Unreported World: Kickboxing Kids, Channel 4, review: ‘shocking and disturbing’
The documentary following young Thai children forced to fight for money was palpably distasteful, says Jake Wallis Simons
April 25th, 2014 – by Jake Wallis Simons
I’m a big fan of Channel 4’s Unreported World strand, in which a team of reporters track down controversial stories from the most far-flung parts of the globe. This week’s episode, Kickboxing Kids, which documents the lives of young Thai children who are trained to fight for money, maintained the high standard to which viewers of the programme have become accustomed.
Mary-Ann Ochota, the presenter , was rather cheery to begin with. So when she was confronted by the sight of two seven-year-olds beating each other unconscious to the baying of a 1,000-strong crowd, she looked profoundly shocked.
Children as young as seven forced to fight for money in brutal Muay Thai bouts
Apr 22,2014 – by Mark Jeffries
A shocking new documentary will show how poor Thai children as young as seven are being forced to fight in the brutal sport of Muay Thai.
The bouts can leave kids brain-damaged, but adults gamble huge sums on their fights, and their families put enormous pressure on the kids to fight and win to help them escape poverty.
Unreported World on Friday night will show one child as he runs miles inside a rubber suit in 30-degree heat to make the weight for his fight.
Channel 4 reporter Mary-Ann Ochota follows 11-year old Nat Thanarak, one of the best child boxers in the North of the country where many families struggle for money.
Ask why he likes Muay Thai, he replies: “Because I get money. And it will make my village famous.”
April 25, 2014 by Ruth Styles
It’s a Saturday night in Sisaket, a small town in Thailand’s Isan province, and huge crowds have gathered around a makeshift boxing ring ahead of the big fight.
But the two promising fighters about to take to the ring aren’t your average boxers: Instead, they’re an 11-year-old boy named Nat Thanarak and his opposition – a 12-year-old called Nong Em.
Muay Thai is one of the toughest martial arts in the world and children as young as seven are paid to compete in vicious bouts that attract bets which run into thousands of baht.
Thailand has an estimated 30,000 child boxers but the impact of beginning a fighting career so young can be severe, with brain damage comparable to that seen in car accident victims and early onset dementia among the risks.
Despite the risks, it is not illegal for children to fight provided they have their parents permission. But although young fighters are supposed to wear padded clothing, in practice, they rarely do.
The Daily Telegraph – What to Watch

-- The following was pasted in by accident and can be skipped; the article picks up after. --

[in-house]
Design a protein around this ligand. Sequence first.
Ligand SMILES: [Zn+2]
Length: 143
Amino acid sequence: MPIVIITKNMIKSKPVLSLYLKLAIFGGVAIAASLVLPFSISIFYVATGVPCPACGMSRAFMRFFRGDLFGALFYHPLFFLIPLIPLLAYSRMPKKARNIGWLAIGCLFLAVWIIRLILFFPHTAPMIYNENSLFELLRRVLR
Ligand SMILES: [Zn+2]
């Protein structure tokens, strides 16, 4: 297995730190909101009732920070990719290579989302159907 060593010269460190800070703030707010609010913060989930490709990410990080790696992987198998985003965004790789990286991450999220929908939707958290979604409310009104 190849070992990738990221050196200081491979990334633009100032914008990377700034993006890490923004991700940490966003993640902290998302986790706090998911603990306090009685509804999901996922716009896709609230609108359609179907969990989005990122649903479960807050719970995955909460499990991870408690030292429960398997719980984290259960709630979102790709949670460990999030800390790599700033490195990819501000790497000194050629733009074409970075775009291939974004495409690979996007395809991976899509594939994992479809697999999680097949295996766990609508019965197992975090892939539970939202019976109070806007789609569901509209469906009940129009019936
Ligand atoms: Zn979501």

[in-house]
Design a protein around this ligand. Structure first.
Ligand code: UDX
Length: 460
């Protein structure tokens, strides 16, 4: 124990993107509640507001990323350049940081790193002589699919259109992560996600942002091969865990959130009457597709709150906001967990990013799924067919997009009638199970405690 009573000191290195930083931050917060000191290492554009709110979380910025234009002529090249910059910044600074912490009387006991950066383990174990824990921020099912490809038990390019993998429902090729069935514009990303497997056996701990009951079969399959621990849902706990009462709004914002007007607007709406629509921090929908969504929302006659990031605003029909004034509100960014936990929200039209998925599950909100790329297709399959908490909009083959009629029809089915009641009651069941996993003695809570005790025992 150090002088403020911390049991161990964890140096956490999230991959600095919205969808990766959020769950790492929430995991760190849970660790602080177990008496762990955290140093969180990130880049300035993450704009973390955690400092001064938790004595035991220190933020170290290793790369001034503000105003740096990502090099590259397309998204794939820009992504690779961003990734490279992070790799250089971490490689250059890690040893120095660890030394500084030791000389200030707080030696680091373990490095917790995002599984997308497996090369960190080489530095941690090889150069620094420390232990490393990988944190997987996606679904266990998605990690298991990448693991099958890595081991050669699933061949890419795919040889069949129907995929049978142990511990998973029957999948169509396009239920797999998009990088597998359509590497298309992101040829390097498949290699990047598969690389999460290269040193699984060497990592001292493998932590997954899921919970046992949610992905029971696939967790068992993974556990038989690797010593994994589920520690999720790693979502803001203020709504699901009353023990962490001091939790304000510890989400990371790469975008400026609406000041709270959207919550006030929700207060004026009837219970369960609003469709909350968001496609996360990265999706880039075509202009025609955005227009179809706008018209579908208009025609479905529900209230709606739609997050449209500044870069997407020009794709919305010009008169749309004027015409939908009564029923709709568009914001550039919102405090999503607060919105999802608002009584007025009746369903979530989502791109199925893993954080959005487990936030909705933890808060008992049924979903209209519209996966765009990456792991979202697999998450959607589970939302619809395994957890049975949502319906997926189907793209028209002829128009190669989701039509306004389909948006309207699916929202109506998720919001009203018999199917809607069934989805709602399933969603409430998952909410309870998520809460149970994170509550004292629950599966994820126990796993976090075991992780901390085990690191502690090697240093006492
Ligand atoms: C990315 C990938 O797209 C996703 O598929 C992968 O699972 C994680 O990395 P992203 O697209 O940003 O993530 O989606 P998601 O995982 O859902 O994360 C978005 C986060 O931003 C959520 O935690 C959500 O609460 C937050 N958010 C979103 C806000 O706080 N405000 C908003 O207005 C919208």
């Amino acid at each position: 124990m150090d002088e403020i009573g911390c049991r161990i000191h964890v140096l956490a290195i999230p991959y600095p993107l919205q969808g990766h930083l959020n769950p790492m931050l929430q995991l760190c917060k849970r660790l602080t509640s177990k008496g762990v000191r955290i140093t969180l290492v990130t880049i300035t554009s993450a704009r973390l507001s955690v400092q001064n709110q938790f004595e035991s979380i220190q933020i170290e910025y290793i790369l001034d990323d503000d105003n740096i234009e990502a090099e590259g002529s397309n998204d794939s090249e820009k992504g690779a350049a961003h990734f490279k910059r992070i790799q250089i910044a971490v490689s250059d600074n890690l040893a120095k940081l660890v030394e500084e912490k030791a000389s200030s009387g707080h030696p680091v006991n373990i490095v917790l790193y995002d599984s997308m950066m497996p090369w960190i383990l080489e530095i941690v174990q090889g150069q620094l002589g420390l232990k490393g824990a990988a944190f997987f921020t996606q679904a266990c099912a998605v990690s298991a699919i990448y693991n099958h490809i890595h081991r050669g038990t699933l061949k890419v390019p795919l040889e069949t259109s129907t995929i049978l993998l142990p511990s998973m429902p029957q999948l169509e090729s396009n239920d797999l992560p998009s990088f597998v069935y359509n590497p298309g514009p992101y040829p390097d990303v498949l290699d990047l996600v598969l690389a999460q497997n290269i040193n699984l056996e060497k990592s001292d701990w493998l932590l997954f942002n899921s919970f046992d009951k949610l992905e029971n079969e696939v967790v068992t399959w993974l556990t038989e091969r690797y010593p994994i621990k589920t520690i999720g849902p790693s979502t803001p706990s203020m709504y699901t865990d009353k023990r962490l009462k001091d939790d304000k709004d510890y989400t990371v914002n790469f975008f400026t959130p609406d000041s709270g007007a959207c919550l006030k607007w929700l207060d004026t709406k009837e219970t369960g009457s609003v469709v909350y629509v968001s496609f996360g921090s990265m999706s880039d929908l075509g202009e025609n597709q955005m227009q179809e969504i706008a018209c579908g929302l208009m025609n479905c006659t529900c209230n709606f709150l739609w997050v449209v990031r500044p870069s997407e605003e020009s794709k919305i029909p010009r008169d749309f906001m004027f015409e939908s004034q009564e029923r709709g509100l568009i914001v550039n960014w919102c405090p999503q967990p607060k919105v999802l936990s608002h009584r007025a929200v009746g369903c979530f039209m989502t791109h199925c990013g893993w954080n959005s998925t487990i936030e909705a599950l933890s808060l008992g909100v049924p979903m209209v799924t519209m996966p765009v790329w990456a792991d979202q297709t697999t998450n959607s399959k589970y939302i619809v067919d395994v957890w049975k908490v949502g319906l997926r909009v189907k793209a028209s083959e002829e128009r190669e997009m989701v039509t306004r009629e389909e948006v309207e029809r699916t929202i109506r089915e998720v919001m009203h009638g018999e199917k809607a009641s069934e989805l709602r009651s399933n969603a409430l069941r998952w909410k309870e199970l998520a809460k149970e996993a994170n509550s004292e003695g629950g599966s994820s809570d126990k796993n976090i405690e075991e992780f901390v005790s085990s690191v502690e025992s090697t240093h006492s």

This quality strand exploring newsworthy topics from the developing world goes to Thailand to report on a sickening sport that is endangering its young competitors. Reporter Mary-Ann Ochota travels to the poverty-stricken province of Isan, where crowds gather to watch and bet on boys as young as seven competing in a brutal combat sport called Muay Thai – they punch, kick and elbow each other wearing boxing gloves but without any protective headgear. Despite recent research showing that Muay Thai fighters are likely to end up brain damaged, the sport remains a big draw for gamblers and spectators.
Ochota meets 11-year-old Nat Thanarak (left), a successful child boxer whose family rely on his winnings – as it is, his mother has to work in far-off Bangkok. Nat’s unemployed father acts as his trainer, which involves the boy undertaking four hours’ intensive exercise per day, late-night jogs on the hard shoulder of a busy highway and – alarmingly – roasting in a rubber suit in a closed-up car to make the weight limit before bouts.
Though young Nat insists he wants to keep fighting, his face tells a different story. The cameras follow the build-up to Nat’s big fight, which is horrific enough as he tries to shed three kilos beforehand. To watch children being exploited in this way is difficult, but this intelligent documentary is perhaps a first step toward shaming the Thai government into outlawing Muay Thai for children.
The Sunday Telegraph – Pick of the Day
This quality strand exploring newsworthy topics from the developing world lands in Thailand tonight to report on a sickening sport that is endangering its young competitors. Reporter Mary-Ann Ochota travels to the poverty-stricken province of Isan, where crowds gather to watch and bet on boys as young as seven competing in a brutal combat sport called Muay Thai – they punch, kick and elbow each other wearing boxing gloves but no protective headgear. Ochota meets 11-year-old Nat Thanarak, a successful child boxer whose family rely on his winnings – as it is, his mother has to work in far-off Bangkok. Nat’s unemployed father acts as his trainer, which involves the boy undertaking four hours’ intensive exercise per day, late-night jogs on the hard shoulder of a busy highway and – alarmingly – roasting in a rubber suit in a closed-up car to make the weight limit before bouts. VP
The Independent – Critic’s Choice
Mary-Ann Ochota travels to Thailand to document the lives of children as young as seven who take part in the brutal combat sport of Muay Thai. Gambling on these unpredictable fights is big business and the fighters face pressure from their families to win. Ochota hangs out with 11-year-old Nat Thanarak (left), as he prepares for the biggest bout of his career.
The Guardian – Pick of the Day
Unreported World 7.30pm, Channel 4 Muay Thai – better known as Thai boxing – is a graceful yet mercilessly brutal martial art popular among Thai gamblers and western tourists alike. The fighters start young – arguably, as this report by Mary-Ann Ochota suggests, way too young. She visits the training camps to meet the kids being schooled to become Muay Thai superstars, including the 11-yearold Nat Tharanak, whom she follows as he prepares for the biggest fight of his young life. Andrew Mueller